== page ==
Friday, May 30, 2014

Inside, Outside

The Secret Garden, Batch Three.

There's more to this garden than pretty flowers!

Small pink flowers, unidentified, and a greenish fly.

Beach Grove, the small community at the southeast corner of the Tsawwassen peninsula, is criss-crossed by narrow walking lanes, connecting the inner streets to the beach. In one of these lanes, the easement behind his house, Brian Whitehouse planted a few flowers 14 years ago, replacing the invasive blackberries and horsetails that so quickly overpower any forgotten spot in the Lower Mainland.

Map of Boundary Bay. (Google maps base) The Secret Garden is under that line pointing into Beach Grove.

Gardening never stops. A year later, in the evening of September 11, 2001, he found forgetfulness and calm working in his little flower plot; after that, he began to expand the garden, to give others a place to find that same peace.

Whitehouse says there was no real plan. Over the years he just kept clearing away more brush and blackberries, and planting more plants and flowers, creating a meandering garden with landscaping materials that he's scavenged or had donated. (Delta Optimist)

These days, down the centre of the lane, a curving, well-manicured lawn serves as walkway; on both sides rocks, trees, benches, a wishing well and a sundial (in the shade!) serve as backdrops and support for the plantings. Ferns, hostas and rhododendrons soften the fence on the shady side; sun-loving vines and tall flowers line the north wall.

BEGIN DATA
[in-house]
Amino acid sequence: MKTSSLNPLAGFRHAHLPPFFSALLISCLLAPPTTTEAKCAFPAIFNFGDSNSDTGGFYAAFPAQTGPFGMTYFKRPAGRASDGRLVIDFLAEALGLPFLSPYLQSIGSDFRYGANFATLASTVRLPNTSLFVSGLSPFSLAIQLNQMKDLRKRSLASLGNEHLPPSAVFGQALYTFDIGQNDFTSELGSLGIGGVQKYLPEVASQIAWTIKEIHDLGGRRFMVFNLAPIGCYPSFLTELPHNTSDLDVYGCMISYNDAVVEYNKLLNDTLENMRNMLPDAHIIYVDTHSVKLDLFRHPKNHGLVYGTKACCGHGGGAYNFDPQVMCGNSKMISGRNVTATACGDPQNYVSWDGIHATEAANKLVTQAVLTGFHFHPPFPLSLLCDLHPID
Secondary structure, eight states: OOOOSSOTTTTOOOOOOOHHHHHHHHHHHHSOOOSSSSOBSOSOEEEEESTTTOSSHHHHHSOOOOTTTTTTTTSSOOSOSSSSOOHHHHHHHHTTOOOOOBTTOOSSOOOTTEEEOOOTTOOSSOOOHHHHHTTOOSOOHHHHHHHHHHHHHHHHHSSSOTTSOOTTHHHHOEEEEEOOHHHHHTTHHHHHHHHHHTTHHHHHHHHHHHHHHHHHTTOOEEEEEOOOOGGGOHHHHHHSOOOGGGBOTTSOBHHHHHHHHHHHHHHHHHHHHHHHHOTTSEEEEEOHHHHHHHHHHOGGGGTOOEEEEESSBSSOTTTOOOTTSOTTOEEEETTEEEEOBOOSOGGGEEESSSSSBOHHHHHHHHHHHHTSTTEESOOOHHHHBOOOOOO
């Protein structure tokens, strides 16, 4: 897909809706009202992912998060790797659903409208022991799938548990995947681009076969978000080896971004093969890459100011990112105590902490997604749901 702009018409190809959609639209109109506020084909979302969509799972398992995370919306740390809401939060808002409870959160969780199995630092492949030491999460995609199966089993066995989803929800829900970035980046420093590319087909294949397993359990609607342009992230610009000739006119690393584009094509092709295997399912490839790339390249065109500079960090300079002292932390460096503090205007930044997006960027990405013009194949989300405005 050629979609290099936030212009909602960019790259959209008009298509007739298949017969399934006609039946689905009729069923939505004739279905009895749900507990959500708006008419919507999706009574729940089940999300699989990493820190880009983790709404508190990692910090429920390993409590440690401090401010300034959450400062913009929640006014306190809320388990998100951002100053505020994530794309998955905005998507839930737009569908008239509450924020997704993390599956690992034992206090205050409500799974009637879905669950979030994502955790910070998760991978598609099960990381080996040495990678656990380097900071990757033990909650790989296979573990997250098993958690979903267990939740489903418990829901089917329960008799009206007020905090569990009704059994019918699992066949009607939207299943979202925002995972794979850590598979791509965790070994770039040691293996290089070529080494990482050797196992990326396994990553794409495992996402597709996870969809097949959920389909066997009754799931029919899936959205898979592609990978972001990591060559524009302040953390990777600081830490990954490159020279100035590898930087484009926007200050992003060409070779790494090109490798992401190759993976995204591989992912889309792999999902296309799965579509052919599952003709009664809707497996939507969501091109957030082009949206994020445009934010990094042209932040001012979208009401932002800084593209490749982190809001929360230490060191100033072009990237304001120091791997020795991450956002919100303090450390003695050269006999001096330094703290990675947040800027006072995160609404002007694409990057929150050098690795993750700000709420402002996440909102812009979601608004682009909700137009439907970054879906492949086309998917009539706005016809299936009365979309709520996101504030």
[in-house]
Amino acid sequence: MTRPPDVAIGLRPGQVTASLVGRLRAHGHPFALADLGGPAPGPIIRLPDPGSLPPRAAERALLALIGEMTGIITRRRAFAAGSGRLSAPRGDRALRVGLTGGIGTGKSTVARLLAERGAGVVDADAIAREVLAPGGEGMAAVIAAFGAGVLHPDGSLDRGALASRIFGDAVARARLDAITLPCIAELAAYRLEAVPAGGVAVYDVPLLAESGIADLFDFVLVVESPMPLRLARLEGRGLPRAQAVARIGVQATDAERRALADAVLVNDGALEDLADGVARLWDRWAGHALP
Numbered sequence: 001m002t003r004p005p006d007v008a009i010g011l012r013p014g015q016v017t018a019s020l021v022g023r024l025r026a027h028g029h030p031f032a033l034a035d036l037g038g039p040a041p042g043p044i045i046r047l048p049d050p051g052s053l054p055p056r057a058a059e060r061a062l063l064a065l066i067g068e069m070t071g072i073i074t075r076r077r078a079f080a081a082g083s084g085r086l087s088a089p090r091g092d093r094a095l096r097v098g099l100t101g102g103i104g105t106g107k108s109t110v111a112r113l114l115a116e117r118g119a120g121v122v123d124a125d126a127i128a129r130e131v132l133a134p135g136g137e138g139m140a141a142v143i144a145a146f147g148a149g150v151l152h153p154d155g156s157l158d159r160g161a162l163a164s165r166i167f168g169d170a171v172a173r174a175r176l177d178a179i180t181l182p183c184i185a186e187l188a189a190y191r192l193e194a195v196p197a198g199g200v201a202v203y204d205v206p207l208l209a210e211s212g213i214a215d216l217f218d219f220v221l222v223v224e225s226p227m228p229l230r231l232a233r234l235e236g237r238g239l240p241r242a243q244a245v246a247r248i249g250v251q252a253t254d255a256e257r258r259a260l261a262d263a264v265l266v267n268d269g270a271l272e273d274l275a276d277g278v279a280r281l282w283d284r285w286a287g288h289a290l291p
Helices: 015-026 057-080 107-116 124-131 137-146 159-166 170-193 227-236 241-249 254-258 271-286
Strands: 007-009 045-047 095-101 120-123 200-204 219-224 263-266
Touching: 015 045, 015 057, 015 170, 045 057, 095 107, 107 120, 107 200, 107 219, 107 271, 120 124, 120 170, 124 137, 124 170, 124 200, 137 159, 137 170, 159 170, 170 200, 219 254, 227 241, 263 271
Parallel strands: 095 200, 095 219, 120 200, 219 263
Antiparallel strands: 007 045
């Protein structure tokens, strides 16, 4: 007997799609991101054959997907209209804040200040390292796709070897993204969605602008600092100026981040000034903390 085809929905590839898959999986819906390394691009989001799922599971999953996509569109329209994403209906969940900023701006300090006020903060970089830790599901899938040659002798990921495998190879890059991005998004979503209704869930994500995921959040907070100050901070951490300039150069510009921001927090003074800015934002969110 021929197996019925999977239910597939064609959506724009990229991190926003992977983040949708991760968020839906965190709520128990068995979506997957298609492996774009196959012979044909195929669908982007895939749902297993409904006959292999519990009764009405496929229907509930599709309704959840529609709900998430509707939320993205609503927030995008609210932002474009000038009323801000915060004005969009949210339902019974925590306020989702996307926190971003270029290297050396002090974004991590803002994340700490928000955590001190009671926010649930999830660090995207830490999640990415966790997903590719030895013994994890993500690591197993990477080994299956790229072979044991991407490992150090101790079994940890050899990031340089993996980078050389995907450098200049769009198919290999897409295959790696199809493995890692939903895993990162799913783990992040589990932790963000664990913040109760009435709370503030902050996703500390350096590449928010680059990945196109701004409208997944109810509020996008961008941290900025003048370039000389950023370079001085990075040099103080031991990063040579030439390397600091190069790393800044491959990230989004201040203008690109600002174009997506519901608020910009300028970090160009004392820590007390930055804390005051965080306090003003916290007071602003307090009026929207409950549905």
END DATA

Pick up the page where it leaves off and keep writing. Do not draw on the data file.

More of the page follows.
A bird cage full of moss and roots. I thought it was for birds making nests, but there's also a tiny plant just sprouting in the centre.

A vintage wood stove, with a lidless coffee pot, a bit on the leaky side. Last year, it held a mass of pink flowers.

(The stove is a McClary "Kitchen Heater". Years ago, up North, I cooked on one, but it was twice the size and a boring black.)

The garden is fenced, at the back to separate a working and tool storage area from the public garden, and at the front, with a solid board fence and gate, to limit access overnight. But there's something in the air, or in the soil more likely, that extends the happy influence of the care lavished inside well beyond the gate. The beginning of the lane, cleansed of its blackberry canes, but otherwise untended, is a thriving, supremely healthy, knee-deep patch of a large variety of weeds.

Horsetails, grass, plantains, Dove-foot geraniums (pink with 5 double petals) and Common Storks' Bill (pink with 5 single petals).

We couldn't identify this. Laurie mentioned asparagus, but the branching is wrong. The tallest one was about 2 feet high.

Dandelions gone to seed, buttercups, clover, horsetails and grass.

Maybe that front fence is more to keep the dandelions out than to prevent vandalism.

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